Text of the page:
Migas (Spanish pronunciation: [ˈmiɣas]) ("crumbs" in English) is a dish in Spanish and Portuguese cuisines. Originally introduced by shepherds, migas are very popular across the Iberian Peninsula, and are the typical breakfast of hunters at monterías in southern Spain.[1][2][3][4]

Migas
Migas
Migas Manchegas
Alternative namesMigajas
CourseAppetiser
Place of originIberia
Serving temperatureWarm
Main ingredientsBread

The same name is used for a different dish in Mexican and Tex-Mex cuisines.

Iberian migasEdit

Spanish migasEdit

Migas is a traditional dish in Spanish cuisine. Originally a breakfast dish that made use of leftover bread or tortas. Migas is usually served as a first course for lunch or dinner in restaurants in Spain.[5]

 
Andalusian migas, often served with a fried egg on top

The ingredients of migas vary across the provinces of Spain.

In Extremadura, this dish includes day-old bread soaked in water, garlic, paprika, and olive oil.[6][7] In Teruel, Aragon, migas includes chorizo and bacon, and is often served with grapes.[8]

In La Mancha, migas manchegas is a more elaborate preparation using basically the same ingredients as Aragonese migas.[9]

In Granada, Almería and Murcia, in southeastern Spain, migas is similar to North African couscous, using flour and water, but no bread. Preparations commonly feature a variety of ingredients, including fish. Andalusian migas is often eaten with sardines as a tapa, in the form of fried breadcrumbs. In some places the dish is eaten on the morning of the matanza (butchery) and is served with a stew including curdled blood, liver, kidneys, and other offal, traditionally eaten right after butchering a pig, a sheep or a goat. Migas is often cooked over an open stove or coals. In Granada and Almería, migas is traditionally made when it rains.[10][11]

Portuguese migasEdit

Migas is also a traditional dish in Portuguese cuisine. It is usually made with leftover bread, either wheat bread traditionally associated with the Alentejo region in Southern Portugal, or corn bread as used in Beira. In Alentejo migas can also be made with potatoes (migas de batata) and no bread is included.

Garlic and olive oil are always an ingredient. Other ingredients such as pork meat drippings, wild asparagus, tomato, and seasonings such as red pepper paste and fresh coriander are usually included in Alentejo, while in Beira the other ingredients typically include cooked kale cut in caldo verde style, cooked beans (pinto, black eyed peas or kidney beans), and sometimes cooked rice.

Migas usually accompanies meats or other main dishes.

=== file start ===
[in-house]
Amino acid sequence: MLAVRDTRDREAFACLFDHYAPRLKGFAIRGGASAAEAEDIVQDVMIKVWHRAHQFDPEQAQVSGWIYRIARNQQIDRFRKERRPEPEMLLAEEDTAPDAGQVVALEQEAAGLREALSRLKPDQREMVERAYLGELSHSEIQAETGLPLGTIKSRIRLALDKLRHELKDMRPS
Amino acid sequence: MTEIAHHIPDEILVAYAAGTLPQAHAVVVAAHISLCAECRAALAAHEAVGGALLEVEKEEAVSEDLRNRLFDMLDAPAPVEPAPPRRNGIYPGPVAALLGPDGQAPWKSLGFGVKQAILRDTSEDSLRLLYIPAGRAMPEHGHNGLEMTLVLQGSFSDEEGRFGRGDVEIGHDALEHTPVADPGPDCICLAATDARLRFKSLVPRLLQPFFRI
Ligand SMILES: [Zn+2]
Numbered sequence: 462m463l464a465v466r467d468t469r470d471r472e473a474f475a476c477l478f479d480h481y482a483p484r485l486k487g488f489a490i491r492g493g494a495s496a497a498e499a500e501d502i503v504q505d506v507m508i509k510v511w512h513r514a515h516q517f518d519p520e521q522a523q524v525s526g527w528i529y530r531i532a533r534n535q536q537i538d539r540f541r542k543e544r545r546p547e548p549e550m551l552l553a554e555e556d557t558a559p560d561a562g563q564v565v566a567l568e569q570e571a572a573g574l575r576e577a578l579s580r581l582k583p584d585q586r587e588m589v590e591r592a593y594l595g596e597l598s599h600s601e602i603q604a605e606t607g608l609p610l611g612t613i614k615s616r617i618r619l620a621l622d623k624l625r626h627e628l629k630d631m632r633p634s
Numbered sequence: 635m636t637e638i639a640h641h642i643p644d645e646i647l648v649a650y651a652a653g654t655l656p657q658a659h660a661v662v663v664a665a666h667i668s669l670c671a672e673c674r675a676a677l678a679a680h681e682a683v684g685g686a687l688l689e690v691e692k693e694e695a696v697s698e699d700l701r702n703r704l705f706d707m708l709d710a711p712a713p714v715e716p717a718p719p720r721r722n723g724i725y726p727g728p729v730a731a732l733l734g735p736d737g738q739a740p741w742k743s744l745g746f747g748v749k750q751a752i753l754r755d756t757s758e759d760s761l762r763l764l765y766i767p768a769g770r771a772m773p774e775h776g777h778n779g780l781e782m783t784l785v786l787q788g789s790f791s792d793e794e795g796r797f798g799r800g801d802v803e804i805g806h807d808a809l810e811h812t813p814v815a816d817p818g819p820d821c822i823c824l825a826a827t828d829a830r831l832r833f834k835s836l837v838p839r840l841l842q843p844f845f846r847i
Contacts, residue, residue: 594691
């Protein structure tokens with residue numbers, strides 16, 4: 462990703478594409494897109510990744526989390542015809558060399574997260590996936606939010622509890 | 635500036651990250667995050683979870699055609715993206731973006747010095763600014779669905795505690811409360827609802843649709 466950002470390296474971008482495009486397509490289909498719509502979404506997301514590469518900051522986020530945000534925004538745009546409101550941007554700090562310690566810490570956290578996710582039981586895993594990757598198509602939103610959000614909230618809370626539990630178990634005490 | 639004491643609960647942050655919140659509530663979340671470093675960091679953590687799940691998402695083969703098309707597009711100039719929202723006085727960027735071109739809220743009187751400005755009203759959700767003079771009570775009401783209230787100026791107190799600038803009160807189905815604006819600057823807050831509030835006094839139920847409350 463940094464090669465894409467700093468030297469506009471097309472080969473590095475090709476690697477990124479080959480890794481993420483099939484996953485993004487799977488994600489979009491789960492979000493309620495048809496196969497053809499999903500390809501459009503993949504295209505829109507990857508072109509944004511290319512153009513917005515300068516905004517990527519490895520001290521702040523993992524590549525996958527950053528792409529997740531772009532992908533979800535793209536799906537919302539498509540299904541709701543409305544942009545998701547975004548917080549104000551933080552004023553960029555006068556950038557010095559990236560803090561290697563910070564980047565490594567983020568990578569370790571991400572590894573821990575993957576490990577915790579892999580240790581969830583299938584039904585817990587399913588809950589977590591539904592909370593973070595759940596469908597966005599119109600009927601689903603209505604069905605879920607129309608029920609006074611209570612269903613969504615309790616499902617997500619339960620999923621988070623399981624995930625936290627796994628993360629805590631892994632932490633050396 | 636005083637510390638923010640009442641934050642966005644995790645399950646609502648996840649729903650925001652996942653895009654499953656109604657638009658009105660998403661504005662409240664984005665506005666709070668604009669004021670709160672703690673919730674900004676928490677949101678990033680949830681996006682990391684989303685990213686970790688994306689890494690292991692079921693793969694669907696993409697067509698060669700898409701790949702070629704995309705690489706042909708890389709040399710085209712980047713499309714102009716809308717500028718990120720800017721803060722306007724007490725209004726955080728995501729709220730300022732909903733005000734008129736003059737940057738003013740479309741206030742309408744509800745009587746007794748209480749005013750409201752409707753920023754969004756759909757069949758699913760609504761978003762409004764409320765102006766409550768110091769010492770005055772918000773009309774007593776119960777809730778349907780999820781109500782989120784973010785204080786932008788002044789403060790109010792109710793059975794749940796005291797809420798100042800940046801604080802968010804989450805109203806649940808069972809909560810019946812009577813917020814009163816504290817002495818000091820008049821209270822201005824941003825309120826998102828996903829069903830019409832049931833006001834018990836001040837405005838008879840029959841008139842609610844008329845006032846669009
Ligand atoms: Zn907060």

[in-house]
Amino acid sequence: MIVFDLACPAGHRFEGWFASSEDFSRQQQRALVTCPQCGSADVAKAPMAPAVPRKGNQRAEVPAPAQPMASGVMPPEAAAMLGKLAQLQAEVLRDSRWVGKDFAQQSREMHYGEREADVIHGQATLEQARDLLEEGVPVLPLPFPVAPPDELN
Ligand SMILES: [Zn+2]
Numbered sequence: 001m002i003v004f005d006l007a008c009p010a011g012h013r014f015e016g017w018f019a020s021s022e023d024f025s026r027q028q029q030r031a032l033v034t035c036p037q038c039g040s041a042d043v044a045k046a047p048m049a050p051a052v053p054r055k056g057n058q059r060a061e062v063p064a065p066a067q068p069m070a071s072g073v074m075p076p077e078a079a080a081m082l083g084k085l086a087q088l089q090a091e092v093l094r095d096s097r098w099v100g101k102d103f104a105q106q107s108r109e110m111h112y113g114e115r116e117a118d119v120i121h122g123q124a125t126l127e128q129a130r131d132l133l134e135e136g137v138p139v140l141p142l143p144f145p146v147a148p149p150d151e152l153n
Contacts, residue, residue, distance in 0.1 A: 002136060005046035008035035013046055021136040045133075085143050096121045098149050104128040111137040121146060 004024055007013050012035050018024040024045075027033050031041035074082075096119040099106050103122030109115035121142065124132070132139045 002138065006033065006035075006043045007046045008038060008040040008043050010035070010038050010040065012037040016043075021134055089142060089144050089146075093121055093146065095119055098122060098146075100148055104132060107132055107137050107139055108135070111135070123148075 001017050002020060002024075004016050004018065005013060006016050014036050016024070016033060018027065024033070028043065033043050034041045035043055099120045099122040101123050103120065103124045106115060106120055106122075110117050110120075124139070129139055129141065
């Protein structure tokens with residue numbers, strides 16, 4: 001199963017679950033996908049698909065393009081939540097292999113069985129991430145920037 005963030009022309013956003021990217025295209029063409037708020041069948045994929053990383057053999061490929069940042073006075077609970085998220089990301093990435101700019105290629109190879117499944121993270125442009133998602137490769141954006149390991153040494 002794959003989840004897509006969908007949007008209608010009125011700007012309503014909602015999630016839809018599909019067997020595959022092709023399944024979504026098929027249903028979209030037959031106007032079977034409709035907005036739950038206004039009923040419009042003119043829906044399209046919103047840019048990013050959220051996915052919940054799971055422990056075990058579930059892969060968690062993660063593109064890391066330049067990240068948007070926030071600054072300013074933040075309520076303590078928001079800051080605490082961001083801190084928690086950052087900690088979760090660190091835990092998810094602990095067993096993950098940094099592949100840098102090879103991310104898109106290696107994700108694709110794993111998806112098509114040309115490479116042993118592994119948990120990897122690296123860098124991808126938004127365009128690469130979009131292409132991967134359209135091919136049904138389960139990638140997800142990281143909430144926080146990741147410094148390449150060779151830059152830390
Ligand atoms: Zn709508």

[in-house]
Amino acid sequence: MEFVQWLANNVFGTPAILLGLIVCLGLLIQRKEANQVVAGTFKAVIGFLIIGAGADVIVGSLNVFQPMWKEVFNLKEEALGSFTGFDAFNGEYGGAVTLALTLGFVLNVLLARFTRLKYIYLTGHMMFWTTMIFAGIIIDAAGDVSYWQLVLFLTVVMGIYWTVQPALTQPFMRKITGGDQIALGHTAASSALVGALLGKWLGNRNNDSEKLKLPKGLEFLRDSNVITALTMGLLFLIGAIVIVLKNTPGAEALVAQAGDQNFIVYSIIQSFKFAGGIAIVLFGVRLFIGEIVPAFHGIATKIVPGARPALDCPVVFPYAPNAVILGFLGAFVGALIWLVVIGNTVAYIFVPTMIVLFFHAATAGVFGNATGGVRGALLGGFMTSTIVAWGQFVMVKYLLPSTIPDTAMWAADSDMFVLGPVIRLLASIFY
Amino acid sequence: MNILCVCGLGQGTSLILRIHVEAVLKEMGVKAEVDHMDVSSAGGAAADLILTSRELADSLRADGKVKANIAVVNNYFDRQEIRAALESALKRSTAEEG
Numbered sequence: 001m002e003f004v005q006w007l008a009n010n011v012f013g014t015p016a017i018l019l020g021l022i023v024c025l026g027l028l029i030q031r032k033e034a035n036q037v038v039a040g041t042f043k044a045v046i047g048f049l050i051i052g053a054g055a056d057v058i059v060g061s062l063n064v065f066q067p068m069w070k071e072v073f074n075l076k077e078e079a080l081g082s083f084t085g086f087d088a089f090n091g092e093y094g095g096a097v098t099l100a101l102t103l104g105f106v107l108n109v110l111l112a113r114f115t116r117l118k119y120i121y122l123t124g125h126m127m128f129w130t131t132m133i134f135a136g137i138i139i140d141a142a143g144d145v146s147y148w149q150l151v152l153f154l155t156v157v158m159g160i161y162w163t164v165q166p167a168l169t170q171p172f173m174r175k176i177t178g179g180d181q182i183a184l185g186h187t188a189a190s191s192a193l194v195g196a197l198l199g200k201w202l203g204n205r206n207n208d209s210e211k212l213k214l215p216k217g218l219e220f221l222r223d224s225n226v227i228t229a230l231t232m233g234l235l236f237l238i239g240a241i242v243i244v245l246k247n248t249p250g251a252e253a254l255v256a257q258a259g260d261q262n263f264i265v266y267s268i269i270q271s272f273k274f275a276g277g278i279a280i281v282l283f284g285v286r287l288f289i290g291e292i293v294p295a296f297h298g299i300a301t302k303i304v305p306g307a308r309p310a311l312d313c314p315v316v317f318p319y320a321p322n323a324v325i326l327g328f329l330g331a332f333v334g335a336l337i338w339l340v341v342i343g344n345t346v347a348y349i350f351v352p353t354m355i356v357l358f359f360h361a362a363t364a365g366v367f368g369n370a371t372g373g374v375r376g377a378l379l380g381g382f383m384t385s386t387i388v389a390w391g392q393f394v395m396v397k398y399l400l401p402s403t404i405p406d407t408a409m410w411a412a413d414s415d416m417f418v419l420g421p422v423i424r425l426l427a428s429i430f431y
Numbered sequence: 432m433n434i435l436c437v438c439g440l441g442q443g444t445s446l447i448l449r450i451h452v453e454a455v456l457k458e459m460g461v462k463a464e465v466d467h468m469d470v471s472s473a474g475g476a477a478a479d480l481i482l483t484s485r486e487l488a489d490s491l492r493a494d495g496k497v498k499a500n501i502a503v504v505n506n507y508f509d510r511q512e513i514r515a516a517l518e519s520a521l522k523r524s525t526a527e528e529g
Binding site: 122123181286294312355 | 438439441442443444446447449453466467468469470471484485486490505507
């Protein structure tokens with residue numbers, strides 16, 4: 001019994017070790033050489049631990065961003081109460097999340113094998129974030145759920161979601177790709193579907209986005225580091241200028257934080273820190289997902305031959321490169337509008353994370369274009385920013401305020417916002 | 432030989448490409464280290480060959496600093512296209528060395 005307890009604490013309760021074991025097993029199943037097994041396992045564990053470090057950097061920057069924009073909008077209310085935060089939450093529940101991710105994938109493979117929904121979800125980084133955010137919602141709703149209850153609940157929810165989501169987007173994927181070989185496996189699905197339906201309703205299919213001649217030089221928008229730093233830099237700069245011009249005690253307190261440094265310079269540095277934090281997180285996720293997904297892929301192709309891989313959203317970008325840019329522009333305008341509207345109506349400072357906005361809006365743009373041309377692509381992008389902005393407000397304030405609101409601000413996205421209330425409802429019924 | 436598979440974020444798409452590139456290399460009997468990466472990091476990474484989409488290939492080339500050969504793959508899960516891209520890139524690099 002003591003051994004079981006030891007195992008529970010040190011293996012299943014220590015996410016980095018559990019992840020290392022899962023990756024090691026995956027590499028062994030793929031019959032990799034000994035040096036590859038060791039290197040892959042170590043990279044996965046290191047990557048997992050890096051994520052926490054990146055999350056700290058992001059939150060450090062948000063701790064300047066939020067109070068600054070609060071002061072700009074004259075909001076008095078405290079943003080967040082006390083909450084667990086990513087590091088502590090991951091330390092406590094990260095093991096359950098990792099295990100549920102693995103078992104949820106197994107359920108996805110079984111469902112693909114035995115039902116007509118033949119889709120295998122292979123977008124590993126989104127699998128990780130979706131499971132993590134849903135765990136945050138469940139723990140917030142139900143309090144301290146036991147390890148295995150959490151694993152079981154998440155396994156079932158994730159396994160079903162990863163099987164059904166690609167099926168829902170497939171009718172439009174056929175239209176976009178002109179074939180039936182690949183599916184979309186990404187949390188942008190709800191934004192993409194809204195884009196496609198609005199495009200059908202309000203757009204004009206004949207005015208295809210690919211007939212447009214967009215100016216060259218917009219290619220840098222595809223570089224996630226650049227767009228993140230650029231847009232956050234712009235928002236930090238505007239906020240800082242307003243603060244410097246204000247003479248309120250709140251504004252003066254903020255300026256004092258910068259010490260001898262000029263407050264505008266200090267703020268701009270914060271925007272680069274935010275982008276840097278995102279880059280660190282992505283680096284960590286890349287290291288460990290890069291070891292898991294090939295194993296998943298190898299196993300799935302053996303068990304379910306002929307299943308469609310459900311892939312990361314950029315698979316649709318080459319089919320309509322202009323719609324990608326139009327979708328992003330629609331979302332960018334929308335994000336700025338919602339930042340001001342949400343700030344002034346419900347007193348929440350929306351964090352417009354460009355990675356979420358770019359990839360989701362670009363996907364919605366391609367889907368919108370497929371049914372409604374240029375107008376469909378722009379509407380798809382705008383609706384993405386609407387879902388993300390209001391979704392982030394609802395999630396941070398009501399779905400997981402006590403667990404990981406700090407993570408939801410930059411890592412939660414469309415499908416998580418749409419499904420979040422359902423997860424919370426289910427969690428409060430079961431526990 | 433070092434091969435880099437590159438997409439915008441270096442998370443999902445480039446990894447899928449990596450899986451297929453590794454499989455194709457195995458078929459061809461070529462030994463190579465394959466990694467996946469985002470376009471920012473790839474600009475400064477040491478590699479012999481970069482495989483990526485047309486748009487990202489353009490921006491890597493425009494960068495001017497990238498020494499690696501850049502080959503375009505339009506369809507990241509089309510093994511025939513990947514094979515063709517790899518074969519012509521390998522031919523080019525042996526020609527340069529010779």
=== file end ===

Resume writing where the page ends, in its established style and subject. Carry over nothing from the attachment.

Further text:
North American migasEdit

Mexican migasEdit

 
Tex-Mex migas

In different areas of Mexico, migas is a traditional breakfast dish consisting of corn tortilla strips fried on a pan or griddle until almost crispy, to which eggs are then added to create a scrambled egg/fried tortilla mixture. This preparation makes use of hardened corn tortillas left over from previous meals. Chilaquiles is a similar meal that substitutes salsa for eggs during cooking. Both are hearty, inexpensive working-class breakfast meals.

Mexico City migasEdit

Mexico City also has its own version of migas. It is a garlic soup which is thickened with sliced day-old bolillos (bread). It is usually flavored with pork shanks, ham bones, epazote, oregano and different types of dried chillies. A raw egg is usually added to each plate when served and it is slowly cooked by the warm soup, similar to egg drop soup. It is a very popular dish in fondas around downtown Mexico City, especially in Tepito.[12]

Tex-Mex migasEdit

There is also a Tex-Mex variation of Mexican migas. This includes additional ingredients, such as diced onions, sliced chile peppers, diced fresh tomatoes, or cheese, as well as various spices and condiments (e.g., salsa or pico de gallo). Another common variation is to add chorizo to the standard ingredients.

Migas is typically served with refried beans, and corn or flour tortillas may be used to enfold all of the ingredients into tacos. Migas breakfast tacos are popular in Texas.

In some areas, it may have been traditionally eaten during Lent.[13]

See alsoEdit

ReferencesEdit

  1. ^ Roberto Sánchez Garrido, Caza, cazadores y medio ambiente: breve etnografía cinegética, Editorial Club Universitario (Feb., 2013), p. 93
  2. ^ Manuel Vicent, "La berrea como acto místico" in El País, 13 September 2019
  3. ^ Marcelo Verdeja, "El precio de una montería" in ABC, 14 February 2009
  4. ^ José Antonio García, "Jabalíes de todo filo" in La Opinión de Zamora, 26 January 2010
  5. ^ Barrenechea, Teresa (2005). The Cuisines of Spain. Ten Speed Press. p. 132. ISBN 1-58008-515-6.
  6. ^ Migas extremeñas
  7. ^ "Migas de Cáceres". Archived from the original on 2014-02-17. Retrieved 2009-01-29.
  8. ^ Migas de Teruel Archived 2009-02-24 at the Wayback Machine
  9. ^ "Migas manchegas". Archived from the original on 2012-11-03. Retrieved 2009-01-29.
  10. ^ País, Ediciones El (19 August 2000). "Migas de harina de Almería". El País (in Spanish). Retrieved 2013-03-24.
  11. ^ "Migas de Harina" (in Spanish). 7 November 2011. Retrieved 2013-03-24.
  12. ^ Migas del Tepito gourmet - Filemón Alonso Miranda - Urbanitas 14 de diciembre de 2008
  13. ^ "Amaya's Migas". Archived from the original on 2011-05-22. Retrieved 2010-02-21.

External linksEdit